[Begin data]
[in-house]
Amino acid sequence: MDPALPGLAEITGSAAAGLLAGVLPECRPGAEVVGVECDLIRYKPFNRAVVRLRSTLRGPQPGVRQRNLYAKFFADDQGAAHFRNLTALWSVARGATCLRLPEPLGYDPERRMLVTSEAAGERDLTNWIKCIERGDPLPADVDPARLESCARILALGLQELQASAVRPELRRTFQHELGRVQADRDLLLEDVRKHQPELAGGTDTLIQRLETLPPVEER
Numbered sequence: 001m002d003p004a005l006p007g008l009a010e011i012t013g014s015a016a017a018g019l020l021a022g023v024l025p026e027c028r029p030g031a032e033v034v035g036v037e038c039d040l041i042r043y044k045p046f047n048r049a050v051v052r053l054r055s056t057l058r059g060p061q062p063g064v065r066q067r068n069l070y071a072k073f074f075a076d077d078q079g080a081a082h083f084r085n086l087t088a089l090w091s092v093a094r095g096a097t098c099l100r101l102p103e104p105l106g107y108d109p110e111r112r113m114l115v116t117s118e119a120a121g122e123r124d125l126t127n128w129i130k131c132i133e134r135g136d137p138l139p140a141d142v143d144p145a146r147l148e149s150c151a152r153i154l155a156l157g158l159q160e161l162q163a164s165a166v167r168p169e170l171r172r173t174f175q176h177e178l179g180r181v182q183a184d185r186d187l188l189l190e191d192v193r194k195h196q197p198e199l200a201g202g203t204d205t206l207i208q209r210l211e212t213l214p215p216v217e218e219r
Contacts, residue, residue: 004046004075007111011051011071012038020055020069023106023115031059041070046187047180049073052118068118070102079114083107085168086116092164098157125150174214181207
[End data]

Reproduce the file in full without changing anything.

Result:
[in-house]
Amino acid sequence: MDPALPGLAEITGSAAAGLLAGVLPECRPGAEVVGVECDLIRYKPFNRAVVRLRSTLRGPQPGVRQRNLYAKFFADDQGAAHFRNLTALWSVARGATCLRLPEPLGYDPERRMLVTSEAAGERDLTNWIKCIERGDPLPADVDPARLESCARILALGLQELQASAVRPELRRTFQHELGRVQADRDLLLEDVRKHQPELAGGTDTLIQRLETLPPVEER
Numbered sequence: 001m002d003p004a005l006p007g008l009a010e011i012t013g014s015a016a017a018g019l020l021a022g023v024l025p026e027c028r029p030g031a032e033v034v035g036v037e038c039d040l041i042r043y044k045p046f047n048r049a050v051v052r053l054r055s056t057l058r059g060p061q062p063g064v065r066q067r068n069l070y071a072k073f074f075a076d077d078q079g080a081a082h083f084r085n086l087t088a089l090w091s092v093a094r095g096a097t098c099l100r101l102p103e104p105l106g107y108d109p110e111r112r113m114l115v116t117s118e119a120a121g122e123r124d125l126t127n128w129i130k131c132i133e134r135g136d137p138l139p140a141d142v143d144p145a146r147l148e149s150c151a152r153i154l155a156l157g158l159q160e161l162q163a164s165a166v167r168p169e170l171r172r173t174f175q176h177e178l179g180r181v182q183a184d185r186d187l188l189l190e191d192v193r194k195h196q197p198e199l200a201g202g203t204d205t206l207i208q209r210l211e212t213l214p215p216v217e218e219r
Contacts, residue, residue: 004046004075007111011051011071012038020055020069023106023115031059041070046187047180049073052118068118070102079114083107085168086116092164098157125150174214181207